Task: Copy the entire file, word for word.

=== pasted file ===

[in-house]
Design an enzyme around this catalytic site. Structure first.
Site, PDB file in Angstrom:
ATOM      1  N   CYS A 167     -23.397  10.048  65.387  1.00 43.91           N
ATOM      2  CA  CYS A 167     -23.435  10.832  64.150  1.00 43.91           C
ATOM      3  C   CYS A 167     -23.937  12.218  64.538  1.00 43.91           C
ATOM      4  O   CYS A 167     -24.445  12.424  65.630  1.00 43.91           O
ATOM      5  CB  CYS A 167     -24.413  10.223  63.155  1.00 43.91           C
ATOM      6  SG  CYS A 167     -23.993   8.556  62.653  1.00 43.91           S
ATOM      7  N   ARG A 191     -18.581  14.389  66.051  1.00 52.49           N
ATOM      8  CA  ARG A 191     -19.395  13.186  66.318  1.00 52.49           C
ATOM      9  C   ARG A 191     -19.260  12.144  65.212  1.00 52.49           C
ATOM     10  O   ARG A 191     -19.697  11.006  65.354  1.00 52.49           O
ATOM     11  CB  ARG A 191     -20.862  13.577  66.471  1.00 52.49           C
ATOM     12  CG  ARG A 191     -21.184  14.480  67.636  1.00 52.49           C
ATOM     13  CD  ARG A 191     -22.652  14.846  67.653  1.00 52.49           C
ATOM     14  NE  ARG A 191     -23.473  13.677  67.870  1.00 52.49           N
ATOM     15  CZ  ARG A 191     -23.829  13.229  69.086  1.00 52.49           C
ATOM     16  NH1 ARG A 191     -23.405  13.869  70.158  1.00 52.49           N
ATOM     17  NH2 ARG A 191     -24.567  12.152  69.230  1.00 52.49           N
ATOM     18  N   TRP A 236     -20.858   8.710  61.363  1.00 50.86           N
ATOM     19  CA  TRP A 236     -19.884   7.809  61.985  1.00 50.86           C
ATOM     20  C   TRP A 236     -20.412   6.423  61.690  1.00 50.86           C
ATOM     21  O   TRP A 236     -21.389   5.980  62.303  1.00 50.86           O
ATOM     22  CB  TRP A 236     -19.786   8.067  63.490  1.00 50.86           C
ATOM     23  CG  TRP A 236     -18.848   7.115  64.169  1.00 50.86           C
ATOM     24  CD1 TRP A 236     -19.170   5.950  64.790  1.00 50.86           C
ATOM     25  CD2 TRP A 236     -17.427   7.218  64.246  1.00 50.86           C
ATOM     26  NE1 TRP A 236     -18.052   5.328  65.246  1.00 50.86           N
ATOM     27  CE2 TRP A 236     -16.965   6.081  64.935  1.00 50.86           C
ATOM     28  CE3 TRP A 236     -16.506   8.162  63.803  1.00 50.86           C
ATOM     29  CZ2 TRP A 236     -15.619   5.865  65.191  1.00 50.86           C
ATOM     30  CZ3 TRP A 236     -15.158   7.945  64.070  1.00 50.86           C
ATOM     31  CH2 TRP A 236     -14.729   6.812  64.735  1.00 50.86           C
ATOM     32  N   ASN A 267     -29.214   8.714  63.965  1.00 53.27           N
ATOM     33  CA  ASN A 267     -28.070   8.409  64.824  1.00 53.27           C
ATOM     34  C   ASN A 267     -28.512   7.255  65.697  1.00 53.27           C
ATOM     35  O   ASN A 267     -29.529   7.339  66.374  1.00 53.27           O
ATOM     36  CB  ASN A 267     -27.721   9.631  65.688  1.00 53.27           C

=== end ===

[in-house]
Design an enzyme around this catalytic site. Structure first.
Site, PDB file in Angstrom:
ATOM      1  N   CYS A 167     -23.397  10.048  65.387  1.00 43.91           N
ATOM      2  CA  CYS A 167     -23.435  10.832  64.150  1.00 43.91           C
ATOM      3  C   CYS A 167     -23.937  12.218  64.538  1.00 43.91           C
ATOM      4  O   CYS A 167     -24.445  12.424  65.630  1.00 43.91           O
ATOM      5  CB  CYS A 167     -24.413  10.223  63.155  1.00 43.91           C
ATOM      6  SG  CYS A 167     -23.993   8.556  62.653  1.00 43.91           S
ATOM      7  N   ARG A 191     -18.581  14.389  66.051  1.00 52.49           N
ATOM      8  CA  ARG A 191     -19.395  13.186  66.318  1.00 52.49           C
ATOM      9  C   ARG A 191     -19.260  12.144  65.212  1.00 52.49           C
ATOM     10  O   ARG A 191     -19.697  11.006  65.354  1.00 52.49           O
ATOM     11  CB  ARG A 191     -20.862  13.577  66.471  1.00 52.49           C
ATOM     12  CG  ARG A 191     -21.184  14.480  67.636  1.00 52.49           C
ATOM     13  CD  ARG A 191     -22.652  14.846  67.653  1.00 52.49           C
ATOM     14  NE  ARG A 191     -23.473  13.677  67.870  1.00 52.49           N
ATOM     15  CZ  ARG A 191     -23.829  13.229  69.086  1.00 52.49           C
ATOM     16  NH1 ARG A 191     -23.405  13.869  70.158  1.00 52.49           N
ATOM     17  NH2 ARG A 191     -24.567  12.152  69.230  1.00 52.49           N
ATOM     18  N   TRP A 236     -20.858   8.710  61.363  1.00 50.86           N
ATOM     19  CA  TRP A 236     -19.884   7.809  61.985  1.00 50.86           C
ATOM     20  C   TRP A 236     -20.412   6.423  61.690  1.00 50.86           C
ATOM     21  O   TRP A 236     -21.389   5.980  62.303  1.00 50.86           O
ATOM     22  CB  TRP A 236     -19.786   8.067  63.490  1.00 50.86           C
ATOM     23  CG  TRP A 236     -18.848   7.115  64.169  1.00 50.86           C
ATOM     24  CD1 TRP A 236     -19.170   5.950  64.790  1.00 50.86           C
ATOM     25  CD2 TRP A 236     -17.427   7.218  64.246  1.00 50.86           C
ATOM     26  NE1 TRP A 236     -18.052   5.328  65.246  1.00 50.86           N
ATOM     27  CE2 TRP A 236     -16.965   6.081  64.935  1.00 50.86           C
ATOM     28  CE3 TRP A 236     -16.506   8.162  63.803  1.00 50.86           C
ATOM     29  CZ2 TRP A 236     -15.619   5.865  65.191  1.00 50.86           C
ATOM     30  CZ3 TRP A 236     -15.158   7.945  64.070  1.00 50.86           C
ATOM     31  CH2 TRP A 236     -14.729   6.812  64.735  1.00 50.86           C
ATOM     32  N   ASN A 267     -29.214   8.714  63.965  1.00 53.27           N
ATOM     33  CA  ASN A 267     -28.070   8.409  64.824  1.00 53.27           C
ATOM     34  C   ASN A 267     -28.512   7.255  65.697  1.00 53.27           C
ATOM     35  O   ASN A 267     -29.529   7.339  66.374  1.00 53.27           O
ATOM     36  CB  ASN A 267     -27.721   9.631  65.688  1.00 53.27           C